The exchange has made the move as it looks to invest more in its growing business, signalling a change in direction under recently appointed chief executive and former Goldman Sachs veteran David Schwimmer. LSE had been targeting a profit margin of around 55 percent this year and operating expense growth of four percent. But the exchange said in its full-year financial results statement on Friday morning: “Prioritisation of further investment in growth opportunities means the group does not plan to achieve cost and group margin targets in 2019.”
Mr Schwimmer, who only assumed his position in August, added in a media call LSE will cut around 250 jobs from its global workforce of 4,405 this year as it continues to focus on efficiencies.
He said in a statement: “As a systemically important financial markets infrastructure business, the group has a responsibility to ensure the orderly functioning of markets and continuity of service for its customers, shareholders and other stakeholders.
“The Group continues to advocate strongly for a defined implementation period and the prevention of the fragmentation of regulatory systems designed to make financial markets efficient, stable and safe.”
The full-year figures revealed pre-tax profits from continuing operations rose by more than a fifth (21 percent) last year to £685million off the back of eight percent revenue growth to £1.9billion.
LSE has increased its total dividend for last year to 60.4 pence per share, reflecting the “confident outlook” for the group.
Mr Schwimmer said in the financial report its businesses, especially those thought to be “most exposed to Brexit” are still performing well, and not yet feeling any impact from the UK’s proposed exit from the European Union.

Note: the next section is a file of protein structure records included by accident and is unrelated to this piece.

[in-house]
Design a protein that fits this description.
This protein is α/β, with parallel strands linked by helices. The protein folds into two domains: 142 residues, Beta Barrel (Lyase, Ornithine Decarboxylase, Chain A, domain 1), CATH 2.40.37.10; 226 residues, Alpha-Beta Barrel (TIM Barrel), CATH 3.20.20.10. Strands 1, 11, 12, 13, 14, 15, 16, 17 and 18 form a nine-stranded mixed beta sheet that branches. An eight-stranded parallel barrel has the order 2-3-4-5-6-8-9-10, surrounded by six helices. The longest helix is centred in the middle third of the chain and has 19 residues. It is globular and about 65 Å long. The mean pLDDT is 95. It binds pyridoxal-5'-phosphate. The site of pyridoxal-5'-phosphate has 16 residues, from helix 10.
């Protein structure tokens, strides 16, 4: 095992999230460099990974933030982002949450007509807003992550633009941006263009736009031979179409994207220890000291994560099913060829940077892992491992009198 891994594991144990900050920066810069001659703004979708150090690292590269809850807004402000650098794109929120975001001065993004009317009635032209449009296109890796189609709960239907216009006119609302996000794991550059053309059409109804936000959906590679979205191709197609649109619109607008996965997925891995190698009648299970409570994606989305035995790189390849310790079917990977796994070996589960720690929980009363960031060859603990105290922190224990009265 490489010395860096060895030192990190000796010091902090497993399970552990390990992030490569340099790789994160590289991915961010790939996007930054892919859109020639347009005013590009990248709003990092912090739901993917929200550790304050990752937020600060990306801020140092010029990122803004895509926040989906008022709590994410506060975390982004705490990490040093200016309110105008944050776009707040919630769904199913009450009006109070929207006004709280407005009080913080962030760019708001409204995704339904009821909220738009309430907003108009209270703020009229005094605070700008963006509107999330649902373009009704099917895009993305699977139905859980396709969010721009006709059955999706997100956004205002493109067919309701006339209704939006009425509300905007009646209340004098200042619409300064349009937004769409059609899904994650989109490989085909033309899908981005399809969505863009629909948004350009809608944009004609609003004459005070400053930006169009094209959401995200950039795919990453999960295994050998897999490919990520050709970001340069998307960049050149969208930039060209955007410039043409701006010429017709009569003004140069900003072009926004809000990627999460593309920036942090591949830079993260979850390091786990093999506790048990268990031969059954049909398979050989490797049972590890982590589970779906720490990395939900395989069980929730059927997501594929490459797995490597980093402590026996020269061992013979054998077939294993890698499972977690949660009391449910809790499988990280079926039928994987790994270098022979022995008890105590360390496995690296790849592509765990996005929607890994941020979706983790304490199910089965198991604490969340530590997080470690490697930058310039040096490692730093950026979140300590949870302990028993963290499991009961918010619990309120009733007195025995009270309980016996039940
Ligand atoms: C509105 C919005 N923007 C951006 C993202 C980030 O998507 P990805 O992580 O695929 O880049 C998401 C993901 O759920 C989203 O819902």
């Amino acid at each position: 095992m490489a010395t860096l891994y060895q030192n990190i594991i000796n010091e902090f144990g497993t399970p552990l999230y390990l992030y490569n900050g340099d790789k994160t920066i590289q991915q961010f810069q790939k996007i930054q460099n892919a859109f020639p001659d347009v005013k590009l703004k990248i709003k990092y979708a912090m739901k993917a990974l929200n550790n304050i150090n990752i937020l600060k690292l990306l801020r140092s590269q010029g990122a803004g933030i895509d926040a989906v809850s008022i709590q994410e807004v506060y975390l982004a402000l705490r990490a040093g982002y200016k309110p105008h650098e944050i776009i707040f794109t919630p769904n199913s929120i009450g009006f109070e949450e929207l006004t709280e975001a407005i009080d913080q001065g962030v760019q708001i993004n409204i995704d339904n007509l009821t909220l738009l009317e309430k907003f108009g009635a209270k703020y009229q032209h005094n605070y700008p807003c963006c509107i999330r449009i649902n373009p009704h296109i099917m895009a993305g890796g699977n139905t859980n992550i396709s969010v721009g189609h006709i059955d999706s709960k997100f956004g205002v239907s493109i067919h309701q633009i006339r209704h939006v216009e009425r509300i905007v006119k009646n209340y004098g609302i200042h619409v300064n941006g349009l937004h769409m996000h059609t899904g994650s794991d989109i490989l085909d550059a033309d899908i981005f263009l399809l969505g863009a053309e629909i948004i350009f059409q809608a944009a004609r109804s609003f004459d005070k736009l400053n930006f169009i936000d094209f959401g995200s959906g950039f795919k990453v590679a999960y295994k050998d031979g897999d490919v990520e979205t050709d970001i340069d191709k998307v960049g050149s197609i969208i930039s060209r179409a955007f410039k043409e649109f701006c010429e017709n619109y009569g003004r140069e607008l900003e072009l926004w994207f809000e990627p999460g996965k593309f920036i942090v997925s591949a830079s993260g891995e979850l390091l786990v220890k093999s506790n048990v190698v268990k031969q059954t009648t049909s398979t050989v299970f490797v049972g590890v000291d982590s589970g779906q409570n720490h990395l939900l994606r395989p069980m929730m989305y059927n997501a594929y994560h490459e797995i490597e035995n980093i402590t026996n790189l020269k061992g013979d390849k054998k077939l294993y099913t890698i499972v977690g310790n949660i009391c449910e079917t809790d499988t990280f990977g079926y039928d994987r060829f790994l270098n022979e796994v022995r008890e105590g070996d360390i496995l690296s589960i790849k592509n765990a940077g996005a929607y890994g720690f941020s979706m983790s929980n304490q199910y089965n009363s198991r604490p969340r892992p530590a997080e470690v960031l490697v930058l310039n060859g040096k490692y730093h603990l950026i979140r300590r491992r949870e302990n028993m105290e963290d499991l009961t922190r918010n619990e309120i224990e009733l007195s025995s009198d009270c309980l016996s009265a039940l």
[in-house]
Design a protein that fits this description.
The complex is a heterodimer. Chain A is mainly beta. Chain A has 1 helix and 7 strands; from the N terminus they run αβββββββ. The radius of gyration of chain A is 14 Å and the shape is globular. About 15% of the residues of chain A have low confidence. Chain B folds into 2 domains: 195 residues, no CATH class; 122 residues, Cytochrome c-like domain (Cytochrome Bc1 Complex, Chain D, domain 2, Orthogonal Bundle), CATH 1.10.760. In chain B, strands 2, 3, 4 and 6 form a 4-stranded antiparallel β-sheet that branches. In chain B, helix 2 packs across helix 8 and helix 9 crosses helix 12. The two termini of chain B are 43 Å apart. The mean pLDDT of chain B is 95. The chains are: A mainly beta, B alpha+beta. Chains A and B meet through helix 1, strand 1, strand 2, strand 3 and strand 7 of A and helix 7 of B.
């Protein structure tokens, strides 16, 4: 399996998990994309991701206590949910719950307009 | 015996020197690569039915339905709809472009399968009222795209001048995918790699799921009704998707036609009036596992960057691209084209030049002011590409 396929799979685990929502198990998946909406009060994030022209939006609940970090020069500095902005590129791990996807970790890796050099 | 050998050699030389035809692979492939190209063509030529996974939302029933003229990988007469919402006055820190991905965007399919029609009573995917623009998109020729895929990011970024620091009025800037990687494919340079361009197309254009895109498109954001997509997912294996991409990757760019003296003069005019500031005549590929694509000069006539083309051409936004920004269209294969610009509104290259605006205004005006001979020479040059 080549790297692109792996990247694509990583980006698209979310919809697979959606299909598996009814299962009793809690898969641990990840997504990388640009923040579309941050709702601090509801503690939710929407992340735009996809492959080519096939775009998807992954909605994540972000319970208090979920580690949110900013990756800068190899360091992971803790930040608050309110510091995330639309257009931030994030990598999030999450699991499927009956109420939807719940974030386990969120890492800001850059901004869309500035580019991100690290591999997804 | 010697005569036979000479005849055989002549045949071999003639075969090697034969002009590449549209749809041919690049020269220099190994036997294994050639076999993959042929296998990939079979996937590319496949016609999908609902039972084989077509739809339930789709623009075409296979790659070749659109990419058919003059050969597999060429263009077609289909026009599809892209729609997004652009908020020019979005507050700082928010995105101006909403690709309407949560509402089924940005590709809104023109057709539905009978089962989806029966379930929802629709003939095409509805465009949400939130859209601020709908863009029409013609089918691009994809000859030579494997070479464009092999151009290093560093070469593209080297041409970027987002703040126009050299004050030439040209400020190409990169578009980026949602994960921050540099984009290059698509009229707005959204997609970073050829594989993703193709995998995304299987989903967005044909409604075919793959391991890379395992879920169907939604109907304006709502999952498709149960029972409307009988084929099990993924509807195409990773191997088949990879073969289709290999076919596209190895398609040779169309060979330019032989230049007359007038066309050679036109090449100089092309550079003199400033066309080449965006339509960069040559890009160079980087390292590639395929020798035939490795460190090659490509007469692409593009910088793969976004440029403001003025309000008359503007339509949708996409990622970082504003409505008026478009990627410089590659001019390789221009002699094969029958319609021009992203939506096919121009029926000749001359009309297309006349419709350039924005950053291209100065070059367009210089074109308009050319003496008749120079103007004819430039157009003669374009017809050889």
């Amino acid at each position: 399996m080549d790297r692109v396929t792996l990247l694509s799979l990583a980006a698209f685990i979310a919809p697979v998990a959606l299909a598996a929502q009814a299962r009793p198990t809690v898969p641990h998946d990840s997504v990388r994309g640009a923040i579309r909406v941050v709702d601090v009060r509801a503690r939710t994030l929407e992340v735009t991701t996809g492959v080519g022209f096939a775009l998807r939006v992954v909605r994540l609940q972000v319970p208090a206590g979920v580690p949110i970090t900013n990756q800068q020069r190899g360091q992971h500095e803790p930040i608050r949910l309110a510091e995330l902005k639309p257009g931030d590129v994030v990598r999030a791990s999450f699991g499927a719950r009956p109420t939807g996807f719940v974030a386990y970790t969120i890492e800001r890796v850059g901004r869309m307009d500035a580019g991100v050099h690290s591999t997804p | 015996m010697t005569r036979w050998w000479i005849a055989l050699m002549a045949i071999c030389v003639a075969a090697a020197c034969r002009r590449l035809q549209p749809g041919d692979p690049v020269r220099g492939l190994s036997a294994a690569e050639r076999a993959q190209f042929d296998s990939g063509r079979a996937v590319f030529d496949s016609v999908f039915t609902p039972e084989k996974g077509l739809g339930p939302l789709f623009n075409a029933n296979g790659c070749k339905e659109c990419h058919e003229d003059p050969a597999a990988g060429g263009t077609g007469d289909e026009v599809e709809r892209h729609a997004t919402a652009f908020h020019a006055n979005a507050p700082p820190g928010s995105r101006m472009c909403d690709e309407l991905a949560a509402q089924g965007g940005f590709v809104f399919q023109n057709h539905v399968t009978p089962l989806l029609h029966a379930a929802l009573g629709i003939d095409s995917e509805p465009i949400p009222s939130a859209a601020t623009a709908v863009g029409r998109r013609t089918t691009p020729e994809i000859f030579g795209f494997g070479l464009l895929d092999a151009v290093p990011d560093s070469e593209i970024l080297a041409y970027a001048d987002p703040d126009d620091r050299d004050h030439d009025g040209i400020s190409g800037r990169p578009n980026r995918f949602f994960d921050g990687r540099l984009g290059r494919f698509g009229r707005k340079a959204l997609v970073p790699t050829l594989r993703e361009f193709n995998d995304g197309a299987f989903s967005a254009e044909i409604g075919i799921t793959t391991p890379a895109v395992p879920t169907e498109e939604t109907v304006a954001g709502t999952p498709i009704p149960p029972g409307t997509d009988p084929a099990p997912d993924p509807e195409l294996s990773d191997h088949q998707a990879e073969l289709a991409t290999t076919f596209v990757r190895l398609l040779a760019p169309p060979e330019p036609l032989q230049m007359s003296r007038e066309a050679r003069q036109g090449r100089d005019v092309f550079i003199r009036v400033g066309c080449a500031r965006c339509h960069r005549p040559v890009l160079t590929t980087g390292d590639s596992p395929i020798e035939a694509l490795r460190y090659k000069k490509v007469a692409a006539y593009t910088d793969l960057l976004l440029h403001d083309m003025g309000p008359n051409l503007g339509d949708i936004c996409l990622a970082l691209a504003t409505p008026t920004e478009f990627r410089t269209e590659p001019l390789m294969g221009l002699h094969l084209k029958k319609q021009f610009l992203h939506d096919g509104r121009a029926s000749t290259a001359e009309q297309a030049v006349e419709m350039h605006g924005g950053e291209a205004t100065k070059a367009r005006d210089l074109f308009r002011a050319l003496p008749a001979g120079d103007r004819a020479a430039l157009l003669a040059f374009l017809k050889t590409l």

The chief executive added the plan for 2019 will be continuing to invest in its businesses and increase “group-wide collaboration”.
He said: “LSEG continues to be well positioned in an evolving macroeconomic and regulatory landscape.
“Our businesses, including those perceived to be most exposed to Brexit, such as clearing, continue to perform very well, with no change in our market position.
“The strategic positioning of each of our businesses has reinforced for me the continued opportunities for growth.
“We will continue to invest in our businesses and to increase Group-wide collaboration to better meet the needs of our clients and to continue to drive strong returns for our shareholders.”
In January, LSE announced it had acquired a 4.92percent stake in Brussels-based financial services company Euroclear for £241.9million.
At the time, the exchange said it expected the minority investment to strengthen it ongoing operational and commercial with Euroclear.
In December, LSE upped its stake in clearing house LCH to 82.6percent at a cost of £384million.